Moths are underrated. Moths usually are regarded as drab insects of the night. One rarely hears superlatives used to describe moths. A few of us know better. Several of our earlyseason moths are spectacular insects.
Several kinds of moths get big, having wingspans of over four inches. Sometimes, as they fly, they are mistaken for bats! Some people find then scary. As a group, these big moths are known as giant silkworm moths. We have several kinds.
The most common of these are the cecropia moths. They are an amazing sight! First, they are big, with a wingspan of as much as six inches. They are the largest moth in North America! And, they are beautiful, with multi-shades of brown with white trimming. The patterns are amazing, especially on the abdomen, which has stripes of bright brown and white.
Other giant silkworm moths occurring here include the Polyphemus, which have amazing eyespot patterns on their wings. The luna moth is another; it is bright green with eyespots and long tails on their wings. If you ever see any of these moths you will never again simply dismiss moths as drab insects!
The giant silkworm moths have interesting life histories. As adult moths they do not feed! Ever! They do not even have mouth parts to make feeding possible. Their lifespan as adults is very short, a couple of weeks, at best. Their one and only concern during adulthood is mating and laying eggs.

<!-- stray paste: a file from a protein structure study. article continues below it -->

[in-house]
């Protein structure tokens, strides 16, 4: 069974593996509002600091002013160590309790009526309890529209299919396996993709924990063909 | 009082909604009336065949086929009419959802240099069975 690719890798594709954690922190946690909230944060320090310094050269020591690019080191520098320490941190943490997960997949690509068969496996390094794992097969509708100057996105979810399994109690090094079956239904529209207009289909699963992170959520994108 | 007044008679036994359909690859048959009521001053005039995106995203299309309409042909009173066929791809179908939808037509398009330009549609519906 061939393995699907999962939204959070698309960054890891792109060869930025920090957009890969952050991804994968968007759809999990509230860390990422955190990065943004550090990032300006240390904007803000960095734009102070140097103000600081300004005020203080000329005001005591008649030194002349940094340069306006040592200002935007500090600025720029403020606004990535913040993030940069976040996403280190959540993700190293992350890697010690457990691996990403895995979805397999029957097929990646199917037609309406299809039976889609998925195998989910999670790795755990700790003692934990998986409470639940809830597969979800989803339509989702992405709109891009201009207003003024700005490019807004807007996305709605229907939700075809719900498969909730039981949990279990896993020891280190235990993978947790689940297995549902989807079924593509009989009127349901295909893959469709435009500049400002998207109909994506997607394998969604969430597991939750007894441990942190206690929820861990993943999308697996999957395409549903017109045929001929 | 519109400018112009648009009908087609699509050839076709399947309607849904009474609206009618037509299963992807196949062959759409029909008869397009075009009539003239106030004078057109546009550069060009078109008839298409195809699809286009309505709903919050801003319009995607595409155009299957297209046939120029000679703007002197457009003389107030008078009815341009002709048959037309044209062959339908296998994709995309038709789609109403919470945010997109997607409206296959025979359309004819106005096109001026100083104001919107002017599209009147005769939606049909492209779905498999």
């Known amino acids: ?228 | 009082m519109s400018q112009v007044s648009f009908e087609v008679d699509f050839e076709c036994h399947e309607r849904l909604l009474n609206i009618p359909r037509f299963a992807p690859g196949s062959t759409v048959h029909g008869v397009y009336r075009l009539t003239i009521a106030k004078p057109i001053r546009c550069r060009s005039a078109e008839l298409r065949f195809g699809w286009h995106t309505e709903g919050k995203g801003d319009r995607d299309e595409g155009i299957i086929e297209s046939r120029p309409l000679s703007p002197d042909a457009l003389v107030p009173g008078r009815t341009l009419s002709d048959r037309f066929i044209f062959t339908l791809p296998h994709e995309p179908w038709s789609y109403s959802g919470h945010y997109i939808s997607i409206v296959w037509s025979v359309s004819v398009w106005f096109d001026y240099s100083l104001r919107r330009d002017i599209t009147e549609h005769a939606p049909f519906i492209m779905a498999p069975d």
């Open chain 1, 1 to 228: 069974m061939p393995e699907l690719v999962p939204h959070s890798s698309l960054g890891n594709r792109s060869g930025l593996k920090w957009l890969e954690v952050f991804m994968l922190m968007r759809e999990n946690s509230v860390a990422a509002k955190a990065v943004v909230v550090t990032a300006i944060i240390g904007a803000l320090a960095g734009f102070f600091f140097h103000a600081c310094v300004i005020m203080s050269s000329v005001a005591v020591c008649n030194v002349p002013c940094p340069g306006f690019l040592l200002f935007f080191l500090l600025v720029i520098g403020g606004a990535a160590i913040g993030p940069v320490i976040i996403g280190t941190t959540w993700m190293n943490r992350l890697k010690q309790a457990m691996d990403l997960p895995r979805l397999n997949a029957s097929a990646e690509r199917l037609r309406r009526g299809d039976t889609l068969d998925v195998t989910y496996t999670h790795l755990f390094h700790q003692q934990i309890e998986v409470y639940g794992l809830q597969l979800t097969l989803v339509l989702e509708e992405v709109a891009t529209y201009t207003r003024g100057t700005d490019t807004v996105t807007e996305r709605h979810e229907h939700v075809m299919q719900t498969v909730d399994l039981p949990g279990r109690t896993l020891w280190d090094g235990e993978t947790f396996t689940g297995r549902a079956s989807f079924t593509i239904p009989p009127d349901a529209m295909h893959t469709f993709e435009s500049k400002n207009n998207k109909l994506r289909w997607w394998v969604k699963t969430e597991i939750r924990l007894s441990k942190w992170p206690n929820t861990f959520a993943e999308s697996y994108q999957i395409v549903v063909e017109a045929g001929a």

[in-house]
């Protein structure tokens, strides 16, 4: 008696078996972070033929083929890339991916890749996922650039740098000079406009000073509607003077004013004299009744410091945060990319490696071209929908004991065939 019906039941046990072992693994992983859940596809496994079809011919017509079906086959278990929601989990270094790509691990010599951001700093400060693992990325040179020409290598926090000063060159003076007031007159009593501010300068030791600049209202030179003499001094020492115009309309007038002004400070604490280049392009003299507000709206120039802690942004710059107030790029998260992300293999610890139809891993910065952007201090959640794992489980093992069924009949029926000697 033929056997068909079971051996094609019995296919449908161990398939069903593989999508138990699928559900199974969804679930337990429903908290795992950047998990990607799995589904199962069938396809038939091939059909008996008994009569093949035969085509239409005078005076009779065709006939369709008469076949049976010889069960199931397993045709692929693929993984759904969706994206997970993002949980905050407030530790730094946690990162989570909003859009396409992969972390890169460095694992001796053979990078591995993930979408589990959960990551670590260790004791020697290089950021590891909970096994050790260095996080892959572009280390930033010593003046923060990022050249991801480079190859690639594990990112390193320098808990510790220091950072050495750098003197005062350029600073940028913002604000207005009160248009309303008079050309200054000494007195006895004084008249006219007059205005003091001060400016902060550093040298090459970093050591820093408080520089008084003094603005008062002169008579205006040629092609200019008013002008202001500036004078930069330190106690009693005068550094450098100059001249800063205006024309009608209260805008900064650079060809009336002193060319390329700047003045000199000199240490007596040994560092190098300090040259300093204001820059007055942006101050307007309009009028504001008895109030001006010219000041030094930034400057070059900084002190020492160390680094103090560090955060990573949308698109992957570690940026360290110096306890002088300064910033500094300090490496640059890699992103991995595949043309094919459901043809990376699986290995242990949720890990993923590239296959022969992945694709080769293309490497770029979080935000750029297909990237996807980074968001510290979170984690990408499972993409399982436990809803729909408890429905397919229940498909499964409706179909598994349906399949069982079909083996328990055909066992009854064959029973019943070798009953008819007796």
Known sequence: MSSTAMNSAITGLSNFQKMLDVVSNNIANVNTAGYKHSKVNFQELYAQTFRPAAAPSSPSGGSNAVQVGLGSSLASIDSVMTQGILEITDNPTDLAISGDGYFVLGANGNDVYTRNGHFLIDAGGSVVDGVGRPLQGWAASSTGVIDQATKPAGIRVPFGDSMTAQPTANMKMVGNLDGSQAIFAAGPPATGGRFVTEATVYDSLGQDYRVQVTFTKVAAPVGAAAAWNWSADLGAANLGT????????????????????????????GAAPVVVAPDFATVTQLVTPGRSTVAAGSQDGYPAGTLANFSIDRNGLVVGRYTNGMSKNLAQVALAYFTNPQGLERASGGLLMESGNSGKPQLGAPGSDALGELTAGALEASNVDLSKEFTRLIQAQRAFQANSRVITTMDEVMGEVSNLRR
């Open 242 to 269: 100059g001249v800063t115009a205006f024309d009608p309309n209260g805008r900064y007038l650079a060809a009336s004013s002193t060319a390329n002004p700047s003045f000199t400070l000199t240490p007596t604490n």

Feeding is done as the caterpillar. They feed on leaves of numerous kinds of trees and shrubs. Feeding is important! They must eat enough to grow into large caterpillars, make a cocoon, winter and transition into moths, and—in the case of the female—to produce eggs.
These moths are closely related to true silkworm moths, which produce the fabric.
They produce silk fibers that are used for their cocoons. The cocoons have two distinct layers. The outer layer is a fine-textured and thin. The inner layer is looser and thicker. Together these layers produce a cocoon that is very tough and durable. Anyone who has ever tried to open one can tell you that. A tool must be used, small sharp scissors are best. So, how does the moth escape from the cocoon? An escape hatch is made by the caterpillar at one end, through which the moth can barely squeeze out. The moth’s life in the cocoon is miraculous! When you see the moth
it seems incredible that it came out of the cocoon; is seems incredible that it could ever have fit inside, much less escape. And, how does it get those amazing wings out of the cocoon? These changes are part of what makes the mega-moths of the Northwoods miraculous!
Jerry McCormick lives in Virginia, MN. He is a retired natural resources professional and is a self-described nature nerd.